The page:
The UK’s major package holiday companies say it is “inevitable” that the trade will have to segregate customers’ cash in a separate account when the Atol system is shaken up.
The Civil Aviation Authority has consulted the trade about reforms and wants segregated customer payments, most likely in trust accounts, to become a condition of Atol licensing not just for Atol holders but for agents selling their holidays.
Steve Heapy, chief executive of Jet2holidays, told a recent Travel Weekly Future of Travel event that many companies had been using customers’ and suppliers’ cash as “unsecured loans” which they cannot pay back “when they hit trouble”.
He backed the ringfencing of customers’ cash in order to restore the reputation of the industry.
“I think the reputation of the industry has taken a lot of hits over the years with XL, Thomas Cook, Lowcost and Monarch,” he told the conference.
“We have got to do something to restore the reputation to give confidence.
“It certainly did not help matters that some companies handled refunds very badly [during the pandemic].
“That’s one of the drivers to the CAA wanting to segregate customer money.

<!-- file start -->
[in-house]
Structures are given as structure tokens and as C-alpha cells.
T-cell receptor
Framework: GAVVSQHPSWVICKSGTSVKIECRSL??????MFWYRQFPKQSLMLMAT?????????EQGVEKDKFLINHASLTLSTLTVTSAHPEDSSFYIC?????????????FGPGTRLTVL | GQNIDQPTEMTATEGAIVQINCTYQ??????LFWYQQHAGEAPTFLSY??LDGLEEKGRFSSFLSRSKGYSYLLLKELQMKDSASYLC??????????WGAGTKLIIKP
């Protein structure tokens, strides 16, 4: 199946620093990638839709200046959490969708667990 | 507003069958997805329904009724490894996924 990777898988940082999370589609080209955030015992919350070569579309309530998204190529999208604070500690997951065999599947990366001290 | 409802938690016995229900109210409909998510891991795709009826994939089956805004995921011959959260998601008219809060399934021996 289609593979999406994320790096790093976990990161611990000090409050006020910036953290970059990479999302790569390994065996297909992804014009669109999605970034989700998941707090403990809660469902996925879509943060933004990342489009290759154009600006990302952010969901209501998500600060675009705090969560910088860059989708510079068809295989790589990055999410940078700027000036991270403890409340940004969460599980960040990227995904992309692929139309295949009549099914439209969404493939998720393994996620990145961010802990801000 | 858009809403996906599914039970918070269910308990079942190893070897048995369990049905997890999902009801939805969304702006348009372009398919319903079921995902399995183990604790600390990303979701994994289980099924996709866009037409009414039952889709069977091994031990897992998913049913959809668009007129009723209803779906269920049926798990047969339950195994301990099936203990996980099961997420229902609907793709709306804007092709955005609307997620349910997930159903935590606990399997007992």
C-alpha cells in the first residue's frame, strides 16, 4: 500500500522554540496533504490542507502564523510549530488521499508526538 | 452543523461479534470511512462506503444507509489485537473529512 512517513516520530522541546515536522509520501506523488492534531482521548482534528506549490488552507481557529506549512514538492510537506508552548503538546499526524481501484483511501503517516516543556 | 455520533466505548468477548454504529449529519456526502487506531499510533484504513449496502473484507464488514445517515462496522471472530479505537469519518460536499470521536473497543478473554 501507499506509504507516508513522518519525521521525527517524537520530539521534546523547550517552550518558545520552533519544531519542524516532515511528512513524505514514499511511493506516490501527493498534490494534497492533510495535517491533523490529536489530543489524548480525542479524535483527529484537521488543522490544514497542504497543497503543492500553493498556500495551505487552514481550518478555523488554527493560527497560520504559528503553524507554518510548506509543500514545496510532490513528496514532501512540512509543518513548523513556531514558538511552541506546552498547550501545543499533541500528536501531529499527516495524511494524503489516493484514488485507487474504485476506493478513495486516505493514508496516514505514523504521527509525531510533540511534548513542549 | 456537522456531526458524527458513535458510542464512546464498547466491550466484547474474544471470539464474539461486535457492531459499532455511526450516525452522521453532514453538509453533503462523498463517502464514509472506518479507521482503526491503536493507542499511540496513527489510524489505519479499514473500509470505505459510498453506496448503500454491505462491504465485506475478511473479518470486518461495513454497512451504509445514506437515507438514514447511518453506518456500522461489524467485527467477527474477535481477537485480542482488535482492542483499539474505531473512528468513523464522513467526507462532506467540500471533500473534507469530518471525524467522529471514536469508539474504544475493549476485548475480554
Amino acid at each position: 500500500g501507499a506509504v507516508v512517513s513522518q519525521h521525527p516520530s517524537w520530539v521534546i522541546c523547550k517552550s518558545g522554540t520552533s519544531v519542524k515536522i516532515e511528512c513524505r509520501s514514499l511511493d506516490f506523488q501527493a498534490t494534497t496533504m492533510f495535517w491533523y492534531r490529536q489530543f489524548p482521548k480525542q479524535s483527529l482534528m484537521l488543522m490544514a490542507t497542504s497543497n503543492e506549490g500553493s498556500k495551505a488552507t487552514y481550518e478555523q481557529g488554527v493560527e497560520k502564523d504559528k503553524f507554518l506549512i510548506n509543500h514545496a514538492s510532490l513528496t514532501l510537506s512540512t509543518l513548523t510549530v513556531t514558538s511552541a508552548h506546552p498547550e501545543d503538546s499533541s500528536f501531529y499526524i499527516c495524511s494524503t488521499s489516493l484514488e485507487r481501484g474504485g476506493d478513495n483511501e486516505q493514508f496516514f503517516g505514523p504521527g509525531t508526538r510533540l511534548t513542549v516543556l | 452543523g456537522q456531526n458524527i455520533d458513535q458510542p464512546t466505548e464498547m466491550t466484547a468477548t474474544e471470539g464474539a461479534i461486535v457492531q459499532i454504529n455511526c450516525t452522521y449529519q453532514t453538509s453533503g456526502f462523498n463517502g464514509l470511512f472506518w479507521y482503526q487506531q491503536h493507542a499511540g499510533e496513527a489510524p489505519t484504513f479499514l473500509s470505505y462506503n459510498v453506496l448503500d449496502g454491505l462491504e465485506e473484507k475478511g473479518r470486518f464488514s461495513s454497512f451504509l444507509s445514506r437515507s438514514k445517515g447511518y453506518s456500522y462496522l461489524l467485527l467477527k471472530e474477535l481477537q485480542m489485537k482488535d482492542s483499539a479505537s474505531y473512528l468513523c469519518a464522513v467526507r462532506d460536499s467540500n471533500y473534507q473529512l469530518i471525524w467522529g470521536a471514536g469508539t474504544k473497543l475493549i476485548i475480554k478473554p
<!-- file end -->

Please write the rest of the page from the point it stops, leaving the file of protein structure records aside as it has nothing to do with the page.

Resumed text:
“They have taken the naughty child approach and said ‘if you don’t refund money and you’ve not been refunding money, we’re going to do it for you, so we are going to segregate your cash, and when customer money needs refunding it will come out of the segregated account’.
“The industry is headed for the segregation of cash and it has only got itself to blame.”
Also speaking at the conference was Andrew Flintham, managing director for the UK and northern Europe at Tui, who commented: “The direction is inevitable and will provide greater security for customer cash.”
However, he argued there cannot be a “one-size-fits all model” because travel businesses vary in size.
“If you end up with a very, very simplistic model it works for some parts of the industry and not for others,” he said.
“It needs to be reform that provides the same degree of protection but is not a specific mandated model.”
EasyJet holidays’ chief executive Garry Wilson agreed that “one-size-fits-all” is not necessarily the right thing.
He said there are alternatives that can offer protection for customer funds.
“Whatever the ruling is, whether trust or not, we will support that,” he said.
Heapy also said the government must bring its review of airline insolvency together with the Atol review, to create one single revamp of airline and tour operator customer protection.
He pointed to the collapses of Monarch and Thomas Cook, when flight-only customers were repatriated despite not being under the Atol scheme, and effectively getting free protection.
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